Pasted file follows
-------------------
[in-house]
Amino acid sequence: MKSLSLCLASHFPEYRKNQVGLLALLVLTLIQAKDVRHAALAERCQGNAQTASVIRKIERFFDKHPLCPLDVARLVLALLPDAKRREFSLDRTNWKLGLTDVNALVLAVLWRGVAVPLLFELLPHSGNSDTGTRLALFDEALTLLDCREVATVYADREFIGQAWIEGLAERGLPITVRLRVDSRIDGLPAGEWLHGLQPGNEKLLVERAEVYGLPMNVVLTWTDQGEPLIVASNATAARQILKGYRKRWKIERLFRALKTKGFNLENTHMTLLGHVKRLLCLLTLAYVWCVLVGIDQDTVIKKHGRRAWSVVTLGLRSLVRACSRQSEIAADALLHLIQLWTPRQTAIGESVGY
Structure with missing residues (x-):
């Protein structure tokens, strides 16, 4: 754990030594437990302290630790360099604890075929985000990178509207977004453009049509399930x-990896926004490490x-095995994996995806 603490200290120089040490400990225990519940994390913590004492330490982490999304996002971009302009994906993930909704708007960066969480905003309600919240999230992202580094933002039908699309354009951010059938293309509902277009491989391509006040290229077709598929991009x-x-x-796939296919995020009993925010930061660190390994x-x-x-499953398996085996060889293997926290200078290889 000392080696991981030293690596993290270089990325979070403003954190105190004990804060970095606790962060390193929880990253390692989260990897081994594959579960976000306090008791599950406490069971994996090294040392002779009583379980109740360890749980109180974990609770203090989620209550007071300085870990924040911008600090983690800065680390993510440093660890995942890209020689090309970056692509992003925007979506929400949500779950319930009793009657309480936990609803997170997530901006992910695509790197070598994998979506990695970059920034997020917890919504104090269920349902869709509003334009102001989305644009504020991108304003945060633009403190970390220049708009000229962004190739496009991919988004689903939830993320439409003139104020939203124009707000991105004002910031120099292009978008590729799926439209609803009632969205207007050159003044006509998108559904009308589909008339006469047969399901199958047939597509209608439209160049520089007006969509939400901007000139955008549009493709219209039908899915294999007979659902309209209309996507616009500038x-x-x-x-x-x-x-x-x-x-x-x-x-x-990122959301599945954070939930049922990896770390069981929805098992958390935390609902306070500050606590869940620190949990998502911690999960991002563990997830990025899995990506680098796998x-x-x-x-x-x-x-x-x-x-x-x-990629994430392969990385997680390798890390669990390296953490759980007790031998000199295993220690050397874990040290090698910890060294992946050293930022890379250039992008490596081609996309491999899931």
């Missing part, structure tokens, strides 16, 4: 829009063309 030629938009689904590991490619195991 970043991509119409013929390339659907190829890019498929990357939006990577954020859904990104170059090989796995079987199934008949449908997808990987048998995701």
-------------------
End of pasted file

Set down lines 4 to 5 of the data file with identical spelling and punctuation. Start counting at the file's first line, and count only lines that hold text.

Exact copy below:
């Protein structure tokens, strides 16, 4: 754990030594437990302290630790360099604890075929985000990178509207977004453009049509399930x-990896926004490490x-095995994996995806 603490200290120089040490400990225990519940994390913590004492330490982490999304996002971009302009994906993930909704708007960066969480905003309600919240999230992202580094933002039908699309354009951010059938293309509902277009491989391509006040290229077709598929991009x-x-x-796939296919995020009993925010930061660190390994x-x-x-499953398996085996060889293997926290200078290889 000392080696991981030293690596993290270089990325979070403003954190105190004990804060970095606790962060390193929880990253390692989260990897081994594959579960976000306090008791599950406490069971994996090294040392002779009583379980109740360890749980109180974990609770203090989620209550007071300085870990924040911008600090983690800065680390993510440093660890995942890209020689090309970056692509992003925007979506929400949500779950319930009793009657309480936990609803997170997530901006992910695509790197070598994998979506990695970059920034997020917890919504104090269920349902869709509003334009102001989305644009504020991108304003945060633009403190970390220049708009000229962004190739496009991919988004689903939830993320439409003139104020939203124009707000991105004002910031120099292009978008590729799926439209609803009632969205207007050159003044006509998108559904009308589909008339006469047969399901199958047939597509209608439209160049520089007006969509939400901007000139955008549009493709219209039908899915294999007979659902309209209309996507616009500038x-x-x-x-x-x-x-x-x-x-x-x-x-x-990122959301599945954070939930049922990896770390069981929805098992958390935390609902306070500050606590869940620190949990998502911690999960991002563990997830990025899995990506680098796998x-x-x-x-x-x-x-x-x-x-x-x-990629994430392969990385997680390798890390669990390296953490759980007790031998000199295993220690050397874990040290090698910890060294992946050293930022890379250039992008490596081609996309491999899931």
């Missing part, structure tokens, strides 16, 4: 829009063309 030629938009689904590991490619195991 970043991509119409013929390339659907190829890019498929990357939006990577954020859904990104170059090989796995079987199934008949449908997808990987048998995701």